In this tutorial, we will study the MySQL BINARY function and go through some examples to understand its primary use.
MySQL BINARY function is used to convert the expression to the binary string. A binary string is a string that has binary collation and binary character-set. Note that this function won’t convert the value or string into binary code. If you are looking for the function which converts numbers into binary (base 2), then click here for detailed information about it.
Also, MySQL BINARY function and BINARY data type are two different points, don’t get confused between those!
So, you might be thinking, what’s the use of the BINARY function if we already have BIN() function. The answer is simple. When we search anything in MySQL, we generally use “like” or “=” operators, right?
But it returns the result, which is case-insensitive. That means, if you search for “mysql,” it will also return true for “MYSQL” as well.
To avoid a case-insensitive search, you have two options. First, change collation from ci ( case insensitive) to cs (case sensitive), but in most cases, this is not preferred because of inconsistency in collation. The other way is to use the BINARY function.
The MySQL BINARY function allows comparing two values byte-by-byte. Hence it is used to achieve case-insensitive search. Let’s see how!
MySQL BINARY function Syntax
The MySQL BINARY function has very straightforward syntax. Check below:
- BINARY is a function name
- value is the parameter to be passed
You can convert the value into a binary string using the CONVERT() or CAST() function. See the following syntax.
CONVERT(value, BINARY); CAST(value as BINARY);
Note that all three syntaxes stated above produce identical results. You can select any of those. Now, let’s see some examples of the BINARY function to understand how it works.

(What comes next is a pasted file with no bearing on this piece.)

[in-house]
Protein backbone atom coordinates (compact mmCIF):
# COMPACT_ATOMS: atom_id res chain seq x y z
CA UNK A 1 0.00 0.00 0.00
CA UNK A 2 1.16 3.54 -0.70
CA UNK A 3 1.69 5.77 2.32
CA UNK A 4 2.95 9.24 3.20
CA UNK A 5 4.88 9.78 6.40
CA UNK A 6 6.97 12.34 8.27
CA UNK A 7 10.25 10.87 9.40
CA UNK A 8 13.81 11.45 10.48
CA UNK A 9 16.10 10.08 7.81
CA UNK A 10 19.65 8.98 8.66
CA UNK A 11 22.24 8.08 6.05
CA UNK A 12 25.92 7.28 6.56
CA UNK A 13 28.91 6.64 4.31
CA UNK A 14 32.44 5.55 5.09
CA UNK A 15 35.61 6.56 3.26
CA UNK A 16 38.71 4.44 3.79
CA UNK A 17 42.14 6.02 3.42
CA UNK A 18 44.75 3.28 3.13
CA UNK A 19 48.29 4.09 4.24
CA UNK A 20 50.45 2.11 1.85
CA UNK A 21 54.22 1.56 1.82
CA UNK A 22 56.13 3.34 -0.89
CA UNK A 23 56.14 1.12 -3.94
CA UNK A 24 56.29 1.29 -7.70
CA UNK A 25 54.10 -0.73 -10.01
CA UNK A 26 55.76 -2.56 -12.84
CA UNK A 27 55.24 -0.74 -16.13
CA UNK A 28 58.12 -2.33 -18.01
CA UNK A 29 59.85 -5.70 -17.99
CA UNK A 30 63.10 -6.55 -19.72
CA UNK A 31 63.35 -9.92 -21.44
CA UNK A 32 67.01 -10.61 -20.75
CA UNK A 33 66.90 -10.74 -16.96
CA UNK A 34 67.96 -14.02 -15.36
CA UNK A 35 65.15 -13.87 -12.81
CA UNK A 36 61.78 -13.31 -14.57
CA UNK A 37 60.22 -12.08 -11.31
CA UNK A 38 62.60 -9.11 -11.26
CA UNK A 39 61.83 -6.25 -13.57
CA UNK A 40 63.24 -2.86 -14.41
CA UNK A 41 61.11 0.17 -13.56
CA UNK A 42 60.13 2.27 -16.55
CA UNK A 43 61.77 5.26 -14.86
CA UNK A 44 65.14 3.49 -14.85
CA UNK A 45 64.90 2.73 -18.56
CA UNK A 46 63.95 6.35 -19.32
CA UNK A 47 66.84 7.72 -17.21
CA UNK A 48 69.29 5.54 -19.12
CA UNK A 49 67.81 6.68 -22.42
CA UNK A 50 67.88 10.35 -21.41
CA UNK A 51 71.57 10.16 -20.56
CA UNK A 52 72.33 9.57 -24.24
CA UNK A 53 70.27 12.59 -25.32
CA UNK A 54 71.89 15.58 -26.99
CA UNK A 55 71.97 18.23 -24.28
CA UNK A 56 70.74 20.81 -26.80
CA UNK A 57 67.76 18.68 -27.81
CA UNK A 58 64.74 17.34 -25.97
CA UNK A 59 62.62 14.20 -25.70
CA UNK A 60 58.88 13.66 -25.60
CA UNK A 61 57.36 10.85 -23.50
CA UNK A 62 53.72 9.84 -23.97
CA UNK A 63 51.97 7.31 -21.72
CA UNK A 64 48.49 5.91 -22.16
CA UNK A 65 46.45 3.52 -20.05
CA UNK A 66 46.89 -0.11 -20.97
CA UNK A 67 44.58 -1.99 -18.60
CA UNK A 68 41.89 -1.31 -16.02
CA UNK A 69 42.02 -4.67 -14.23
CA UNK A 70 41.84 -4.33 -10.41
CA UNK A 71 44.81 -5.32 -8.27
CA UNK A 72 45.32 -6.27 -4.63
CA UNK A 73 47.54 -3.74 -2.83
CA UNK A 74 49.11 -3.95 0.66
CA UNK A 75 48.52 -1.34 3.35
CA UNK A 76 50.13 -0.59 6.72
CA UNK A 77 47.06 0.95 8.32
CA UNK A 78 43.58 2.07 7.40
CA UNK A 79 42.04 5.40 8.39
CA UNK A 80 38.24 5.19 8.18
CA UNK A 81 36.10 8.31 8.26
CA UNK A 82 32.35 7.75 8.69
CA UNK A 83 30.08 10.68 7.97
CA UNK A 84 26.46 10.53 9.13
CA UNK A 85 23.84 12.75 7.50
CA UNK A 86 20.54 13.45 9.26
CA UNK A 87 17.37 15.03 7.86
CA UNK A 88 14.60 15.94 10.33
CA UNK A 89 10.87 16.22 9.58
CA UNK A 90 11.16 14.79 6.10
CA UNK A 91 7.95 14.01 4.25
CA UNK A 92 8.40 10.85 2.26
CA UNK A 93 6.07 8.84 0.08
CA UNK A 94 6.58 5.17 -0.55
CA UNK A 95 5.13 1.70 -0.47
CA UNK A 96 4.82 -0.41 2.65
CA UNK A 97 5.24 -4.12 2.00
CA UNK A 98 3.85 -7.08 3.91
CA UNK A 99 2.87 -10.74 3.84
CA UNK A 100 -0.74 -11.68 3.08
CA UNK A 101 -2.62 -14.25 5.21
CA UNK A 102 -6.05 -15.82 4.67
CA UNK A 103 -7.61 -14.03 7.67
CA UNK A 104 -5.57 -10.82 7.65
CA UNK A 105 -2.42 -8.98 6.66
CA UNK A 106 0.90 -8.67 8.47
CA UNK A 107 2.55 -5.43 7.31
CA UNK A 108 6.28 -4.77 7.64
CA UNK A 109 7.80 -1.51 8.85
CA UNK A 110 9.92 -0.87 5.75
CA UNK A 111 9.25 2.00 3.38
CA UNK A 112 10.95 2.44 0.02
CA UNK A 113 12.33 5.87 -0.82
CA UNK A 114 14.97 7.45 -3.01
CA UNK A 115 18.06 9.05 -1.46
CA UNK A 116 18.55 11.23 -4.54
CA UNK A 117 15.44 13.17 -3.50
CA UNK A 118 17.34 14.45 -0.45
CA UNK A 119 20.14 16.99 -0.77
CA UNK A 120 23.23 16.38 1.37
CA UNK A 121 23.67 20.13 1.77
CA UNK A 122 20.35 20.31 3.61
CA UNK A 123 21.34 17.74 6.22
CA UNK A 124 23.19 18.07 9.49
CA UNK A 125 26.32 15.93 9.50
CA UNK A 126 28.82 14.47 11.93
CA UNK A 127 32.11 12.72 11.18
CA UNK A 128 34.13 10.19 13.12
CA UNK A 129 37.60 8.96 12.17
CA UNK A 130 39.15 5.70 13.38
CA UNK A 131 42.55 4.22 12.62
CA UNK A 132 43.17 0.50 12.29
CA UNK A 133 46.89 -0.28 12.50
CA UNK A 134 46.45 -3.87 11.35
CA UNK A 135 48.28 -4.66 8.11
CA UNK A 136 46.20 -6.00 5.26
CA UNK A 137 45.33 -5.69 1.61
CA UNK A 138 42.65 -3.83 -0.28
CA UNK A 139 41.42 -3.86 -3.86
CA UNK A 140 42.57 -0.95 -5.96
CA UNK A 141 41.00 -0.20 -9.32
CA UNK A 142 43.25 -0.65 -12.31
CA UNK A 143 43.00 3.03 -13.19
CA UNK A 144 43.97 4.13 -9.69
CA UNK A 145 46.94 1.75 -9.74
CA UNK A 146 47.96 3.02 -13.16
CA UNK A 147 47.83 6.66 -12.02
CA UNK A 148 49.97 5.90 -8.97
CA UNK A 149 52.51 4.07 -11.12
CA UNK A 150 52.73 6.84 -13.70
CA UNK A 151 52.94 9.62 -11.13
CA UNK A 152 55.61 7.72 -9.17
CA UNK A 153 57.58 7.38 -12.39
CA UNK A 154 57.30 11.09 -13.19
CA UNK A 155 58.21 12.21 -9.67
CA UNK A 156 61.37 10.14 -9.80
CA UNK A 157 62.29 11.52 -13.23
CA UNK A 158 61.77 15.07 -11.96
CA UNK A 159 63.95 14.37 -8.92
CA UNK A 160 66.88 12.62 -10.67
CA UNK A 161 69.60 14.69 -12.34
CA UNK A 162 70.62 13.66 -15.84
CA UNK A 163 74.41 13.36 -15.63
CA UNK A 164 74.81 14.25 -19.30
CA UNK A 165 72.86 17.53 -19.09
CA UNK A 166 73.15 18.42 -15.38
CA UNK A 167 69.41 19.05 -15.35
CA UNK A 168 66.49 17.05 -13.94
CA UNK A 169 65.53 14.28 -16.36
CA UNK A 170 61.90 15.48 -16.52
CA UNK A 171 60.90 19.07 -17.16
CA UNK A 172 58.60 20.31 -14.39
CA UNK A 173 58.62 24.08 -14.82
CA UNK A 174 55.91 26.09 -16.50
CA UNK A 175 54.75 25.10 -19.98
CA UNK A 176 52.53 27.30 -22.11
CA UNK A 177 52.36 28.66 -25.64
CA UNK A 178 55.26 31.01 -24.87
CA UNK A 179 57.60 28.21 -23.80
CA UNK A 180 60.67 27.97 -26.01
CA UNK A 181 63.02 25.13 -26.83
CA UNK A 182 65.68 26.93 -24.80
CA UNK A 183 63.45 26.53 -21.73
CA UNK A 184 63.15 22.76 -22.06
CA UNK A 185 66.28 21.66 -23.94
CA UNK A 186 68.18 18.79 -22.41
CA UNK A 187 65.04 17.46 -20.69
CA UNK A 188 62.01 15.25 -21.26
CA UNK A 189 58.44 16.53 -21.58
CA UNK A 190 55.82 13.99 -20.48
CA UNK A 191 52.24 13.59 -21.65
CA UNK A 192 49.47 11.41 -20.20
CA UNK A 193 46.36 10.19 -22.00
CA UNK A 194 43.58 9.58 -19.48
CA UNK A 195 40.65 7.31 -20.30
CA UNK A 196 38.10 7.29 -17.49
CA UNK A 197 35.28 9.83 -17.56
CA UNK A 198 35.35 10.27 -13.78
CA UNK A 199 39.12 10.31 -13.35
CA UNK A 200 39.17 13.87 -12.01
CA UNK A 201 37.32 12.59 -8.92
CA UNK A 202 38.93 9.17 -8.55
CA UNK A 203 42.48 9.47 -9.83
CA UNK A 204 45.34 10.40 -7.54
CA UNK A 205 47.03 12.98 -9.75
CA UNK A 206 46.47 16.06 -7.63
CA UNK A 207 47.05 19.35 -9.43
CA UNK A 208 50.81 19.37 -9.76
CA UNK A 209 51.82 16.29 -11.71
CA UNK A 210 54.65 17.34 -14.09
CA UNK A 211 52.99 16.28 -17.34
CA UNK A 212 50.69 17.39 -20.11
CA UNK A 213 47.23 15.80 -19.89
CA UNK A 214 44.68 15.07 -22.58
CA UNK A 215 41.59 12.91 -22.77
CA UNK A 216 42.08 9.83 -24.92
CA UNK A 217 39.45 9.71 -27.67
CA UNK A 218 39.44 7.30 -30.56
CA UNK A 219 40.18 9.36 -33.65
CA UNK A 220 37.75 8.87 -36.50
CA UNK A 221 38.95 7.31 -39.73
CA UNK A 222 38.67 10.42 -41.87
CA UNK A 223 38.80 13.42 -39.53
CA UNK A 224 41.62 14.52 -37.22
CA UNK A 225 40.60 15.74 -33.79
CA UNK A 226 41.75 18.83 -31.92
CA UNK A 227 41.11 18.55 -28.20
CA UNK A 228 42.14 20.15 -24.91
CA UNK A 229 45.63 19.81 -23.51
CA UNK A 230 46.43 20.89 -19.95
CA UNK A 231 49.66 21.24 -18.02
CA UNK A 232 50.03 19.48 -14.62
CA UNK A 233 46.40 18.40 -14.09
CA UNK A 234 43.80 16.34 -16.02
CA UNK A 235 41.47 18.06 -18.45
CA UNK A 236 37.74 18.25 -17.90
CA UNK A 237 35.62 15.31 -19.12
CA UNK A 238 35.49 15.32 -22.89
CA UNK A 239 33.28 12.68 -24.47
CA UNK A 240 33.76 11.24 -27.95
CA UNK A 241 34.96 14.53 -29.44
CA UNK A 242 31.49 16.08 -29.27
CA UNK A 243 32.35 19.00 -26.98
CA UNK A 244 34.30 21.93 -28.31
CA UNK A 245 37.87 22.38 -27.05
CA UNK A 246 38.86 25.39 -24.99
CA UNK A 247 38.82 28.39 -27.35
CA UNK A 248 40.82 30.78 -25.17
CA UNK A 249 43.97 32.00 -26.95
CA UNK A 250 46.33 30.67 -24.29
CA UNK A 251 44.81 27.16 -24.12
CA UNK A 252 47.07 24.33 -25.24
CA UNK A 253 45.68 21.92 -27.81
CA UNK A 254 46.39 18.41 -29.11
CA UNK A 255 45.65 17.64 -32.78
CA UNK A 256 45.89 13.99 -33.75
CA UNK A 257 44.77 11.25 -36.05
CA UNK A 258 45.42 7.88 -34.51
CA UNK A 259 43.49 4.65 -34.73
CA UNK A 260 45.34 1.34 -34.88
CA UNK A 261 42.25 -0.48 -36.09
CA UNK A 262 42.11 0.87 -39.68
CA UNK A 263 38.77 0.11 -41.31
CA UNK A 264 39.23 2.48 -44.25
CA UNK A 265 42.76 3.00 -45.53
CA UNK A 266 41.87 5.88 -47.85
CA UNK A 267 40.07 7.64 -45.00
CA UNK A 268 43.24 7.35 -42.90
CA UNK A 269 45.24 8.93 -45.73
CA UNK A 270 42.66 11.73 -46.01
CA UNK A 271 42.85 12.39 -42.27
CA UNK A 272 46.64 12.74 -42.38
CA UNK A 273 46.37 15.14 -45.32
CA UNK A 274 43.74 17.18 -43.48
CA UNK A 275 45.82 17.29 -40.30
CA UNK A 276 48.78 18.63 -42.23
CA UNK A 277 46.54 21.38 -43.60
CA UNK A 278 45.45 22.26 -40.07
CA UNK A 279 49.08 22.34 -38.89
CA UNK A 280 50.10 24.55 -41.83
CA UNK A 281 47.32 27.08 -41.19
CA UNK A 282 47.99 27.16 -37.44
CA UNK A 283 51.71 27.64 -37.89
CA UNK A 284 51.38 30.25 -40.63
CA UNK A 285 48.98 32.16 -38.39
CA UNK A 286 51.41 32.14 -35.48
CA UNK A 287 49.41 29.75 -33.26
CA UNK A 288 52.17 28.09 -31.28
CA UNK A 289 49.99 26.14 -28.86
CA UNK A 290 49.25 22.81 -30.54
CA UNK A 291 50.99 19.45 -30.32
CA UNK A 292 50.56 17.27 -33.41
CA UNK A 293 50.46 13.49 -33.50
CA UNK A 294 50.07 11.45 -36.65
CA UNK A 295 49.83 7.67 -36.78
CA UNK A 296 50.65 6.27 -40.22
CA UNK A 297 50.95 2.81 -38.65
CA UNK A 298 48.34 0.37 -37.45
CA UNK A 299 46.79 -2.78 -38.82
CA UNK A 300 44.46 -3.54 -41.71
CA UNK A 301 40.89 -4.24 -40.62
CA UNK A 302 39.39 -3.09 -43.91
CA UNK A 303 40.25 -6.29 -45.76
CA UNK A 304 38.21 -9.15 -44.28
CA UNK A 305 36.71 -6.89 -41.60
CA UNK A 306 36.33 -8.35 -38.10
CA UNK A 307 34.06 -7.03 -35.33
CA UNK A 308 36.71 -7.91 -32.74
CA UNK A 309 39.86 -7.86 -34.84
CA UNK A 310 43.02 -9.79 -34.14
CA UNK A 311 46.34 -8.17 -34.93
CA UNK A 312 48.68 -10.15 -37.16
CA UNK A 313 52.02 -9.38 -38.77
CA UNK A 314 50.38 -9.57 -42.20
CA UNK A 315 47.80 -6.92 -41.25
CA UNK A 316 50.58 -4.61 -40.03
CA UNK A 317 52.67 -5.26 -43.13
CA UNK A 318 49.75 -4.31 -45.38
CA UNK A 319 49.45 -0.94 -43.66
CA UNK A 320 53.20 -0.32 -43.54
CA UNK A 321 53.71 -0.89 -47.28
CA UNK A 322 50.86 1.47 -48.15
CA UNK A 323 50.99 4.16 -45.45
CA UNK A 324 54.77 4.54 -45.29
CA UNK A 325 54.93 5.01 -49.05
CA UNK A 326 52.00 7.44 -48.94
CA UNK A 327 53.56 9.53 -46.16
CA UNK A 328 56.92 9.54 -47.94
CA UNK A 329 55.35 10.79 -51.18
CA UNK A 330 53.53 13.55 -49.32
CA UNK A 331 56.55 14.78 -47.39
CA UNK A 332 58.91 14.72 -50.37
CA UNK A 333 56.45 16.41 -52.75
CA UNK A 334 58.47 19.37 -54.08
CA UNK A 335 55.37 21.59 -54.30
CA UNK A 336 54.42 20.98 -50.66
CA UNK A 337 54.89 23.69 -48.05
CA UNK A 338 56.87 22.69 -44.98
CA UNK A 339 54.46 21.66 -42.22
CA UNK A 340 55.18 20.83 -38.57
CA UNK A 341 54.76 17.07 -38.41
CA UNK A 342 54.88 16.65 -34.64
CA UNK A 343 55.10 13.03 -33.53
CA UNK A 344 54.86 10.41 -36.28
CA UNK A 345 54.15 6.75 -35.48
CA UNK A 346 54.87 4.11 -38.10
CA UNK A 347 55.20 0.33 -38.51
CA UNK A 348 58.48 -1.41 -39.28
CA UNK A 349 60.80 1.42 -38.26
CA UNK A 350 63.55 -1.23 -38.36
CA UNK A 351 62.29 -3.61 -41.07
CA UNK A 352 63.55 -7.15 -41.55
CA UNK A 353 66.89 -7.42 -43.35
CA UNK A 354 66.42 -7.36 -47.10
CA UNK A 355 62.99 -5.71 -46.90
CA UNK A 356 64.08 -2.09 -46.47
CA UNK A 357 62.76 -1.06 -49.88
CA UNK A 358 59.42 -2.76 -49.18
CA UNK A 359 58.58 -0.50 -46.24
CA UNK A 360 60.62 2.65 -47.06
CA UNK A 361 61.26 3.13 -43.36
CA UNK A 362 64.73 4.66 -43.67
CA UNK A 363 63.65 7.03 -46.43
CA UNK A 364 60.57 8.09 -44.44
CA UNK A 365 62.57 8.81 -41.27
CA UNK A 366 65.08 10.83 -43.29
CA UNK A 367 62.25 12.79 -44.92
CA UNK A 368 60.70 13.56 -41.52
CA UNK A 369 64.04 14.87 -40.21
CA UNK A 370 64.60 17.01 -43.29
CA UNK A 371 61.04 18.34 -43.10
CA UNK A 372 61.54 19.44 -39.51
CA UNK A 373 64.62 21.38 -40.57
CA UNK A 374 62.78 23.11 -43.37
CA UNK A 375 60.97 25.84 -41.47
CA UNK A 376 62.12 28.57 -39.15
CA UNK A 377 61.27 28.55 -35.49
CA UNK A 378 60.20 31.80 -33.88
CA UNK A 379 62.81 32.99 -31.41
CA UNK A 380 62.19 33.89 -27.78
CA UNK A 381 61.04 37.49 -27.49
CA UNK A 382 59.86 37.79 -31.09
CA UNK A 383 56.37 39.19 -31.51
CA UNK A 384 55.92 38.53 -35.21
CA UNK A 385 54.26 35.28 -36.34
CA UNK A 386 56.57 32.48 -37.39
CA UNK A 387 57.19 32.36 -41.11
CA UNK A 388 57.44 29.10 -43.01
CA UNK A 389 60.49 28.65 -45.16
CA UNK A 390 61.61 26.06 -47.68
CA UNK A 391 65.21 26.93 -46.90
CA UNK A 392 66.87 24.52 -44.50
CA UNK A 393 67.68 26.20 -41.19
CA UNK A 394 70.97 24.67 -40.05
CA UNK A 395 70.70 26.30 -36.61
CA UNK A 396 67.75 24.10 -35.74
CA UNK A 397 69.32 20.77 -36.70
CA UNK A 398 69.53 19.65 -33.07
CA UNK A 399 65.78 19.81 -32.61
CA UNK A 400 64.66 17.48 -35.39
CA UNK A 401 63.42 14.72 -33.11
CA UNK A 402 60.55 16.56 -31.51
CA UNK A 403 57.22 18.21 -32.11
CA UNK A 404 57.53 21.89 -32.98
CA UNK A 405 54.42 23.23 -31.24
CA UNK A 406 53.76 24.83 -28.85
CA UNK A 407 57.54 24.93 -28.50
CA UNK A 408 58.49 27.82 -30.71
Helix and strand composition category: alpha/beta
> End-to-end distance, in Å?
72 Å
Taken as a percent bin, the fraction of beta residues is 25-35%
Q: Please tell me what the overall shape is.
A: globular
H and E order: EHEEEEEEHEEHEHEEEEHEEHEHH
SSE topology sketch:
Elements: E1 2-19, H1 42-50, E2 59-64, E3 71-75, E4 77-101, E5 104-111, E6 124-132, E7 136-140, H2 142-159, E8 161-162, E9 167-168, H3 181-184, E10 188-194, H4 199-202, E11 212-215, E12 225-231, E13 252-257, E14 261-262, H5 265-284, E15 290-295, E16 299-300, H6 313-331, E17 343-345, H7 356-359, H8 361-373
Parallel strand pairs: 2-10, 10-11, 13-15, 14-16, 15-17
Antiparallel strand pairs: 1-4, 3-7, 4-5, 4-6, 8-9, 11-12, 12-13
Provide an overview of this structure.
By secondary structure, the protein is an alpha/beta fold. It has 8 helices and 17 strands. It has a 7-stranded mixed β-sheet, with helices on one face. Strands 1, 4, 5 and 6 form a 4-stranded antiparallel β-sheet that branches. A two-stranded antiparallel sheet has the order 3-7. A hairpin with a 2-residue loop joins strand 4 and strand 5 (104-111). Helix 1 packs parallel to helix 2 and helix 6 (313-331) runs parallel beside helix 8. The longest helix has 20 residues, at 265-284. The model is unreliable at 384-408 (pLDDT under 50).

Examples of MySQL BINARY Function
Let’s see simple examples of the BINARY function first.
SELECT BINARY "mysqlcode.com";
SELECT BINARY 10;
Here, a parameter that we pass as well as the result string both look identical. But, using BINARY is the way to cast or convert the string into a binary string and make a comparison byte-by-byte instead of character-by-character. Sounds confusing? Check the example below.
First, we will compare two strings, out of which one is uppercase, whereas the other one is lowercase, and check the result. Because we are only comparing two strings, we should get the result in a boolean form, i.e., 1 or 0.
SELECT "MYSQLCODE.COM" = "mysqlcode.com" as comparison;
Here, the keyword “comparison” is used as an alias for the new column that gets generated for output.
MySQL assumes these two strings as identical irrespective of letter casing because it compares those in a character-by-character manner and, thus, output as 1.
But what if we wanted to get the result as true only and only if two strings are identical based on letter casing? In that case, we can use the BINARY function. Take a look below!
SELECT BINARY "MYSQLCODE.COM" = "mysqlcode.com" as comparison;
Here, a byte-by-byte comparison is performed by the MySQL between these two strings. Because these two strings are not equivalent(on a byte-by-byte basis), it results as 0. Now, we will try the BINARY function example with two similar uppercase strings again and check the result.
SELECT BINARY "MYSQLCODE.COM" = "MYSQLCODE.COM" as comparison;
Now, as expected, we got the result as 1 because both strings are identical in a byte-by-byte manner. This way, you can implement your search query with the column values for case-sensitive situations.
We have studied the BINARY function here. It is a super easy function to implement a case-sensitive search operation in your query. However, official MySQL documentation says the BINARY function is deprecated as of now for the MySQL version 8.0.27.
MySQL official documentation for cast functions and operators (includes BINARY function)